- Jennifer Middleton, MD, MPH
A recent systematic review of "Supplemental Vitamins and Minerals for CVD Prevention and Treatment" has been making the rounds in the lay press for the last week; perhaps your patients have mentioned it to you as several of mine have. Sales of vitamin and mineral supplements have only increased since 2010 in the United States, with an estimated 36 billion dollars spent by consumers on these products in 2017. Perhaps this new systematic review will convince at least some of our patients to save their money, as most supplements were not found to improve CVD outcomes, and none improved overall mortality.
The authors included 179 randomized controlled trials in their final analysis; no vitamin or mineral supplement improved overall mortality. Folic acid use did correlate with decreased cardiovascular disease (CVD) risk, and folic acid and B-vitamin supplementation correlated with decreased stroke risk; the number needed to treat (NNT) for folic acid to prevent 1 CVD event was 167, the NNT for folic acid to prevent 1 stroke was 111, and the NNT for B-vitamin complex vitamins to prevent 1 stroke was 250. Use of multivitamins, vitamin C, vitamin D, beta-carotene, calcium, and selenium did not correlate with any change in mortality. Unfortunately, antioxidant products and niacin (when taken with a statin) did correlate with an increase in total mortality; the number needed to harm (NNH) for antioxidant supplements to cause 1 death was 250, and the NNH for slow-release niacin when taken with a statin was 200.
Dr. Lin wrote earlier this year for the blog, and in print for AFP, that vitamin D screening and supplementation is an ineffective use for finite healthcare dollars. Calcium supplements have not been found to improve outcomes related to osteoporosis, but they have been linked to an increase in CVD deaths. The Choosing Wisely campaign advocates against taking a "multivitamin, vitamin E, or beta-carotene to prevent cardiovascular disease or cancer."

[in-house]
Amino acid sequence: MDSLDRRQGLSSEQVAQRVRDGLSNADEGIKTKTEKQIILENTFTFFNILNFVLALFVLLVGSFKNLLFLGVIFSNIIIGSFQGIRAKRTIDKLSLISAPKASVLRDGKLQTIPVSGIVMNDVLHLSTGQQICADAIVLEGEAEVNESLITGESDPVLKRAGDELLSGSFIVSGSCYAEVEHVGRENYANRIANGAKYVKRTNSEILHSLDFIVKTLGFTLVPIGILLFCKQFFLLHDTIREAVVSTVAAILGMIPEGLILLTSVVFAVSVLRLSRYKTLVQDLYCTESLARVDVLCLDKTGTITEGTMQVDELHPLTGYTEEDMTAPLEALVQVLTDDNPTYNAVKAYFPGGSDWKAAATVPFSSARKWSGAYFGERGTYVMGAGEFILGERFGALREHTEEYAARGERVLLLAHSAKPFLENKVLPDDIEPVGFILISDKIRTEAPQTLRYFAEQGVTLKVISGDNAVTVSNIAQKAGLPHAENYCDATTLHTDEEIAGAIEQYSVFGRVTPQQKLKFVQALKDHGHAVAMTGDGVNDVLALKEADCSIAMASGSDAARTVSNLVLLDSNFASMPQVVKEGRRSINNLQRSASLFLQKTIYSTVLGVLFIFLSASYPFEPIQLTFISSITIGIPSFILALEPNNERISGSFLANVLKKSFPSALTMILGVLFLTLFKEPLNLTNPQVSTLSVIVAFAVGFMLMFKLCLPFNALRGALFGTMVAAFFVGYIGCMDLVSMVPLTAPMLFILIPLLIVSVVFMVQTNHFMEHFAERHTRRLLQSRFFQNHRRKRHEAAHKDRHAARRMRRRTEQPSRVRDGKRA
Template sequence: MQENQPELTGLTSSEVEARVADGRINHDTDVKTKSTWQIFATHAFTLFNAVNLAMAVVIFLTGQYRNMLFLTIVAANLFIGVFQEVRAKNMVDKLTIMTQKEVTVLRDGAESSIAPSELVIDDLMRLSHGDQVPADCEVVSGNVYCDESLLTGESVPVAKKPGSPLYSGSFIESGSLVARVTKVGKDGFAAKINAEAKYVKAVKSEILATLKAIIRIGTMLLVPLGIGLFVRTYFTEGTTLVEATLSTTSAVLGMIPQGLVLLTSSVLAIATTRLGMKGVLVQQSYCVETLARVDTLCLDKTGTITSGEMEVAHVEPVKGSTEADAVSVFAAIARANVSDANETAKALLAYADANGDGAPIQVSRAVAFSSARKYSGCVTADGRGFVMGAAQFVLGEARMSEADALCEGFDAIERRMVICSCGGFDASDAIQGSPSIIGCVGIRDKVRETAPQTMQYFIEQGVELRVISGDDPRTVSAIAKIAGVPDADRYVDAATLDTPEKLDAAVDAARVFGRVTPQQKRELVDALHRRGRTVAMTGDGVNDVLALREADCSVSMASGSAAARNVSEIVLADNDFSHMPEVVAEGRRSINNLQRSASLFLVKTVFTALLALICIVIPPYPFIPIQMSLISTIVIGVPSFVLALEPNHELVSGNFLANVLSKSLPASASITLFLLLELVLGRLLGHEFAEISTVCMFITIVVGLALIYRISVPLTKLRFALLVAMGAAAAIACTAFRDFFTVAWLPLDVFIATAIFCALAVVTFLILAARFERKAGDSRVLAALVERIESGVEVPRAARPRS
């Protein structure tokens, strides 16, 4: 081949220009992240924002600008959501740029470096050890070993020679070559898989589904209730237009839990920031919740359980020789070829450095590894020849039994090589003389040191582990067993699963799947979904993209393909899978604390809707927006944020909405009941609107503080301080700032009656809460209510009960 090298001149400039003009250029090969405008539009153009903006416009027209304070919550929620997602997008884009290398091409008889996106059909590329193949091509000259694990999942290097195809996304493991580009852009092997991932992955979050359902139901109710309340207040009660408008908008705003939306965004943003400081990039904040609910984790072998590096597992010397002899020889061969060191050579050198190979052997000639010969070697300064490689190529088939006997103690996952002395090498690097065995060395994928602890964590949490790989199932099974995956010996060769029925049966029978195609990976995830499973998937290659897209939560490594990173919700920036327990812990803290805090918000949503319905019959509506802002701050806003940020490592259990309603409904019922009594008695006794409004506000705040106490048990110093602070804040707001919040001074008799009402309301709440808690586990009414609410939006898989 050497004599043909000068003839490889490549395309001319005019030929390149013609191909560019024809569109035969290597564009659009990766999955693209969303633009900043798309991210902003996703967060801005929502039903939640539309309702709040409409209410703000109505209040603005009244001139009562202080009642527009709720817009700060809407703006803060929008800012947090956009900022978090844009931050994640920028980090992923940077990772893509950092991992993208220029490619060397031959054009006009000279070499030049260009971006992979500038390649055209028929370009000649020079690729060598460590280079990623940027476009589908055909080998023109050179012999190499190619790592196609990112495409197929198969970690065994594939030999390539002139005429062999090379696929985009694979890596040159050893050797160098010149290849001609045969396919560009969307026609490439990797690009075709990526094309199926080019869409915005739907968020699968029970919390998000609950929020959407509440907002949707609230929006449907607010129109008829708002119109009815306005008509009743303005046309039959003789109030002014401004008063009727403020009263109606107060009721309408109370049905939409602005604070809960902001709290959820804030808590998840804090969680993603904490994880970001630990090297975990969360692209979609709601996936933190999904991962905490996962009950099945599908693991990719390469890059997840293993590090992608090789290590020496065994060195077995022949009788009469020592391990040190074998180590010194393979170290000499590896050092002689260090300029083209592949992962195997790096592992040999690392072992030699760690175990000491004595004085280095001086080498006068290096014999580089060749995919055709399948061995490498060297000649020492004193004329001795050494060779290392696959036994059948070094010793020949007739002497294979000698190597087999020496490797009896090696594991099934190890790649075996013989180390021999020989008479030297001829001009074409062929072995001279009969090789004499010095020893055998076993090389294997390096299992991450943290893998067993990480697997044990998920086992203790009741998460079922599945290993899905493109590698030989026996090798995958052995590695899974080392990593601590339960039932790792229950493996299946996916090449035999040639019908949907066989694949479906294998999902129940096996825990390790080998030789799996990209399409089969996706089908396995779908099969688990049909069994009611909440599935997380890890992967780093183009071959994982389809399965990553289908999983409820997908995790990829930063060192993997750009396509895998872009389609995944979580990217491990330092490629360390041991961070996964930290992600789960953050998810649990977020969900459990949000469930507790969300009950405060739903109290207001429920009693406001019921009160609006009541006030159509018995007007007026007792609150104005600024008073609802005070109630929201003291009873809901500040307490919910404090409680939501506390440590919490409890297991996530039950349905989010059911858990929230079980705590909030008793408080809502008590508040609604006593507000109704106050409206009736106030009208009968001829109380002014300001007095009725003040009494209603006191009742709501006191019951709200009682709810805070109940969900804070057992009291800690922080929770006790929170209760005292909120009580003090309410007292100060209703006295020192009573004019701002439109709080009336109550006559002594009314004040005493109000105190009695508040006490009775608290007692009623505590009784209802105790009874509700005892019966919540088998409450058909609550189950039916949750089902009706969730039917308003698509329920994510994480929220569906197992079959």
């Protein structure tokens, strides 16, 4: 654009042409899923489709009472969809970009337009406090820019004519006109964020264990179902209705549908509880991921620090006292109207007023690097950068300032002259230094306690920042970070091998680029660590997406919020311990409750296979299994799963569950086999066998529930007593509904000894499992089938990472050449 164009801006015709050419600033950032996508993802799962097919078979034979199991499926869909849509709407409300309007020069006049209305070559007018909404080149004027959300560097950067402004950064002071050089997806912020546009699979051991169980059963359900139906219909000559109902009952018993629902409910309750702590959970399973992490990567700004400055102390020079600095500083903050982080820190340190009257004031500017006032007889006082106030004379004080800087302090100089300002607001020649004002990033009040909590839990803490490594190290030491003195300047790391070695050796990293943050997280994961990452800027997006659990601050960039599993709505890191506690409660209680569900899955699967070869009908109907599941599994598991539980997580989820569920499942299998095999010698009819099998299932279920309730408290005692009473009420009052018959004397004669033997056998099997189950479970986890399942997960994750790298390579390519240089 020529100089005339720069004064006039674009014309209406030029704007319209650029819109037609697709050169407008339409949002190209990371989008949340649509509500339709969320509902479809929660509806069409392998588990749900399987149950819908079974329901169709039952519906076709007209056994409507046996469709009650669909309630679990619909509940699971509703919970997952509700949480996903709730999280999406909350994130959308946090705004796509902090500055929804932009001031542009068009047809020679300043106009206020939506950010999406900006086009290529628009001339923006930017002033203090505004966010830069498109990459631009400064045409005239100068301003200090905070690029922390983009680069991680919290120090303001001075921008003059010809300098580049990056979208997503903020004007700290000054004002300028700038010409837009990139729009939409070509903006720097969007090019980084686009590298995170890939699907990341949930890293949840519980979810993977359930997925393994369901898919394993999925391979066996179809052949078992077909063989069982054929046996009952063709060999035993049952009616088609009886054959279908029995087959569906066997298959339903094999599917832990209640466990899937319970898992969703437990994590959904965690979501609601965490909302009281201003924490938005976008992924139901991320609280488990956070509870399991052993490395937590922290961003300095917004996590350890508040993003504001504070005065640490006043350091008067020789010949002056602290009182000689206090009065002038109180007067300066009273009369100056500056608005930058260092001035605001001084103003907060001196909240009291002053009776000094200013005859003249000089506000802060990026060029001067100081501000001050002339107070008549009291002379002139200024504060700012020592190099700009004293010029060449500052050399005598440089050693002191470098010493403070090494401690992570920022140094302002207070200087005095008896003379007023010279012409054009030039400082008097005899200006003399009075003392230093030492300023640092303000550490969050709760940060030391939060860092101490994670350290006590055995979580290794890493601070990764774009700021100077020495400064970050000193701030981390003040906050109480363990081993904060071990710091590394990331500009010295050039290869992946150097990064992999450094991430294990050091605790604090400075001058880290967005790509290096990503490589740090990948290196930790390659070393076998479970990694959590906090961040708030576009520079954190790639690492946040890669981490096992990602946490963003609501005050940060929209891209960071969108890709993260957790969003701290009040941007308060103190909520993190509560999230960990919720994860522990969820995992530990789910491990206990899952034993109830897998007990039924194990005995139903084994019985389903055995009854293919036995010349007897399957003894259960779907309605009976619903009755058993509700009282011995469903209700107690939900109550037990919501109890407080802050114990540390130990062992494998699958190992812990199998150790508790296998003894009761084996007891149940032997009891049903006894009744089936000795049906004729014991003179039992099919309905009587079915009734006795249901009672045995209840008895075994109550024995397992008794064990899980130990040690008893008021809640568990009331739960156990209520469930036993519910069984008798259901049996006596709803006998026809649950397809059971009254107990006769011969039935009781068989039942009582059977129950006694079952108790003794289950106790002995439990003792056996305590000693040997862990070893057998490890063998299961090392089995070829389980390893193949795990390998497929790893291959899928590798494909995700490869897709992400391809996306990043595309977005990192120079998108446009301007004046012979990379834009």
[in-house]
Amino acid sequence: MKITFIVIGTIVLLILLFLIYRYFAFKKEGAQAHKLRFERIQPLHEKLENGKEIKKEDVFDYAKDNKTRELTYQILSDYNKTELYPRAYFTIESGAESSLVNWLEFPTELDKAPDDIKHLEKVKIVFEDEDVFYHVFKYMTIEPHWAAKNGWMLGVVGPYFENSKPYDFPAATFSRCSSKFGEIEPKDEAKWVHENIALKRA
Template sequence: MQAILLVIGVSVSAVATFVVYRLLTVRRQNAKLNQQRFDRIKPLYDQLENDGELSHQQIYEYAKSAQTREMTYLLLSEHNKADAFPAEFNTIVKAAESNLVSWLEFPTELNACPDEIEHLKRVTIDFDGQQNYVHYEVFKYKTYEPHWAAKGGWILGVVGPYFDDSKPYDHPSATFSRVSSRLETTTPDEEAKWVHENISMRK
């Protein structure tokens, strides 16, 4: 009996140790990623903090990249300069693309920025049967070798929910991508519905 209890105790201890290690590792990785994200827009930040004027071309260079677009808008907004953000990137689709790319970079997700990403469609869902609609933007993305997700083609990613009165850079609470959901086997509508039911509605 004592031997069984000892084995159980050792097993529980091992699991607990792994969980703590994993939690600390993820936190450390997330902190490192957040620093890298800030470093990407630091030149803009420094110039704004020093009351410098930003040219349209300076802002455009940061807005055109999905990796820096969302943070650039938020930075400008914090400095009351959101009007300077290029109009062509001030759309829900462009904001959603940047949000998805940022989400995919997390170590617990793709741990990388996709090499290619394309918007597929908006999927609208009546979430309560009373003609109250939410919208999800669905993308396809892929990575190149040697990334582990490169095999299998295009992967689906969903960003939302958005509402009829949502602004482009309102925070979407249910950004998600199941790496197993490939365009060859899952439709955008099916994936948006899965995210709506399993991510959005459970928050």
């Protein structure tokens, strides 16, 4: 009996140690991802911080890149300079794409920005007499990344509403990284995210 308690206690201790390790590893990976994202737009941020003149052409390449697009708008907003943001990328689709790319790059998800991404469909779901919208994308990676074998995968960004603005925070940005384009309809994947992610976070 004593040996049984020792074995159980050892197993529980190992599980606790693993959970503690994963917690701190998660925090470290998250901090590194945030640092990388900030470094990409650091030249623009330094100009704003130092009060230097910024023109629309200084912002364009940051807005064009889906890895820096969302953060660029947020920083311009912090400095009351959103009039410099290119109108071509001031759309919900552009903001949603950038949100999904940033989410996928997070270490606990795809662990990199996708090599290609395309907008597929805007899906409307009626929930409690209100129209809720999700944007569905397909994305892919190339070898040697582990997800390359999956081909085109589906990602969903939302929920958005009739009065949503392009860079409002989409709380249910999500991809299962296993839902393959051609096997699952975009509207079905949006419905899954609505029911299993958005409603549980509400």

Certainly, in specific situations, some vitamin and mineral supplements are useful. Iron and vitamin B12 deficiencies, when identified, are reasonable to treat. Calcium supplementation may improve premenstrual syndrome symptoms. Vitamin B6 is a safe and effective treatment for nausea and vomiting in pregnancy. In each of these scenarios, however, supplementation is only useful once a clinical problem has been identified. The systematic review mentioned above reinforces that empiric vitamin and/or mineral supplementation is unlikely to be beneficial for our patients - and may even be harmful.
Vitamin and mineral supplements can't take the place of consuming a healthy, nutrient-rich diet, and the United States Preventive Task Force (USPSTF) even has a B recommendation regarding the benefit of such counseling "to promote a healthful diet." There's an AFP By Topic on Nutrition if you'd like to read more, which includes several useful patient information resources.